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Reactions to Soyinka, Clark and Maja-Pearce

he New Gong's publication on June 14 of the response by Adewale Maja-Pearce
to recent verbal attacks by Nobel Laureate Wole Soyinka drew varied reactions
from the Nigerian literary community. Whatever the slants, and notwithstanding
threats veiled as metaphors, there is no doubt that robust and spirited debate was
provoked, which most agree is good for Nigerian literature.

Here we present a selection from Lola Shoneyin, Ike Oguine, Mike Ekunno, Isaac
Ogezi, Wumi Raji, Ikhide Ikheloa and Olu Oguibe.

Lola Shoneyin

Date: Sun, 16 Jun 2013 21:46:34 +0100
Subject: Re: [krazitivity] My Original Sin Against Soyinka: Adewale Maja-Pearce

Sorry for my rushed response this afternoon- so many typos, words omitted etc.
Please find the correct text below. Anyone who wishes to publish/ use it in
response to 'My Original Sin Against Soyinka: Adewale Maja-Pearce' should feel
free to do so. Thank you. As Maxim has done, I am also going to make sure that
this is exposed to as many people as possible. Thank you.

Releasing this email exchange will not do Adewale Maja-Pearce any favours. If his
intention was to discredit or embarrass Soyinka, then he has already failed in his
ignoble quest. No doubt, the desperate will quickly jump on this and use it to fuel
their conspiracy theories. But those who have what we in Yorubaland call 'oju inu',
loosely translated as 'internal eyes', will see it for what it is.

In my understanding, the 'Original Sin' was A Peculiar Tragedy- a book that took
undue advantage of JP Clark's generosity and openness. I mean, if one is going to
do a hatchet job on another individual, do it at a time when the taste of your
victim's wine no longer lingers at the back of your tongue. Or else, it is vulgar,
indecent, undignified. It does little more than lead people to wonder whether the
author had sinister underlying motives.

One thing that I do know is that A Peculiar Tragedy did not sit well with Achebe,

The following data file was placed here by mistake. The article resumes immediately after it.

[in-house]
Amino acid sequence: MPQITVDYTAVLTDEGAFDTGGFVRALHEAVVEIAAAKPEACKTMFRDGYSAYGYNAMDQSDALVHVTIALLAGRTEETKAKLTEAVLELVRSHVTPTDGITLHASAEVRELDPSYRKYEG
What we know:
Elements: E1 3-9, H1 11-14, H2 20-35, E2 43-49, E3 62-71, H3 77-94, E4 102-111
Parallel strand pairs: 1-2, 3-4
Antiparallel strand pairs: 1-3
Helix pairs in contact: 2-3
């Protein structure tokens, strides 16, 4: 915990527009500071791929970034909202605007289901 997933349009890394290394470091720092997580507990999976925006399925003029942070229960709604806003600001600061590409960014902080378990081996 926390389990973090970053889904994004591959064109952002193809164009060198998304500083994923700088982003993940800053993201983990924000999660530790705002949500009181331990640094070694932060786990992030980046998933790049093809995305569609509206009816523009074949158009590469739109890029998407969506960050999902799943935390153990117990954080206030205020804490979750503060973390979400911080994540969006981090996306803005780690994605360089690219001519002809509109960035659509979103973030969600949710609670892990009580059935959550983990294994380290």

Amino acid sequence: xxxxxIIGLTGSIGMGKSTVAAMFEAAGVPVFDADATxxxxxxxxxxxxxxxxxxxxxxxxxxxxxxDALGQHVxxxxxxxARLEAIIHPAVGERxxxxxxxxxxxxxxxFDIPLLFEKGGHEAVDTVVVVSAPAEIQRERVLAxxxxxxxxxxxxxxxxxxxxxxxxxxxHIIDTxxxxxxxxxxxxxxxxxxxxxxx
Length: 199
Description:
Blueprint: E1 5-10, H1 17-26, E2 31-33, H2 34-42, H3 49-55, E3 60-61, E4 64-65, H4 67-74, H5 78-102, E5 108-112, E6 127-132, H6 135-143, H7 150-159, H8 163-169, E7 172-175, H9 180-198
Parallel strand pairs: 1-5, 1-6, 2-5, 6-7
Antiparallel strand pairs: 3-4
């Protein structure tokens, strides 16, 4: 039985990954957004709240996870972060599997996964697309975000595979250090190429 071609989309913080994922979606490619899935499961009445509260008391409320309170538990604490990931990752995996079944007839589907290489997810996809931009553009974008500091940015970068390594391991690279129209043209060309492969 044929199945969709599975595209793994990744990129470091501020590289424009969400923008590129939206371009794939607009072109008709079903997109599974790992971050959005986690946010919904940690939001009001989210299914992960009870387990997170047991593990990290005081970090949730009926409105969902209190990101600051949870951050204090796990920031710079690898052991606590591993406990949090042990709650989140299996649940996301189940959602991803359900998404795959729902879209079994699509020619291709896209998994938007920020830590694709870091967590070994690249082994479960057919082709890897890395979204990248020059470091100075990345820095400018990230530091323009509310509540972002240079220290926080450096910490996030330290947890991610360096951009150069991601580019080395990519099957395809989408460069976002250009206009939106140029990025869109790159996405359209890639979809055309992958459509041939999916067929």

Soyinka or other individuals who found themselves being used as pawns in the
soap opera. Where the truth never says it should not be said, (I'm suddenly full of
Yorubaness) the truth has many colours, many shades- some so dark that it
becomes fiction when held up to the light.

I know Soyinka doesn't read reviews of his work but, like it happens with many
authors, word gets back to you if a review is particularly personal, vicious or stilted.

If I were Soyinka, I would never have raised it Maja-Pearce in an email. I would
have found a way of tucking a long and poisonous dagger beneath his collarbone,
metaphorically. Soyinka's reference to Maja-Pearce's review humanises him;
moreso, his actions, when confronted with Maja-Pearce's UCLV application.

Maja-Pearce, on the other hand, with his laughable and somewhat extreme
references to Stalin and Abacha seems to be operating in character.

Of everything I read, I was most touched by Soyinka's eagerness for the JP Clark
issue to remain a sleeping dog. It was a big lesson for me and it got me thinking. If
so many things that we consider bolekaja-worthy some day pale into insignificance,
then maybe we should choose our battles with more care and consideration. But
that's just life, isn't it? We live and learn.

So, should Soyinka be grateful to Maja-Pearce for editing a book of essays that
Soyinka probably had no contribution to or knowledge of? I think not, and, in turn, I
wonder why Maja-Pearce decided to raise it at all in his email.

The (sometimes) unbearable burden of doing 'good' deeds is that we inadvertently
begin to nurse expectations. People who behave otherwise forget that the same
obtains. Inevitably. Another thing we often forget is that the bases of our 'good'
deeds are often of a reciprocal nature, meaning that the chain we arrogantly come
to imagine that we started was a continuation of other links...

I have been watching Revenge- an American mini series which starts with this
quote by Confucius, "Before you embark on a journey of revenge, dig two graves.
At the end of the day, headmasters will remain headmasters and students will be
students. The real question is whether a student will ever be worthy of one day
becoming a headmaster.


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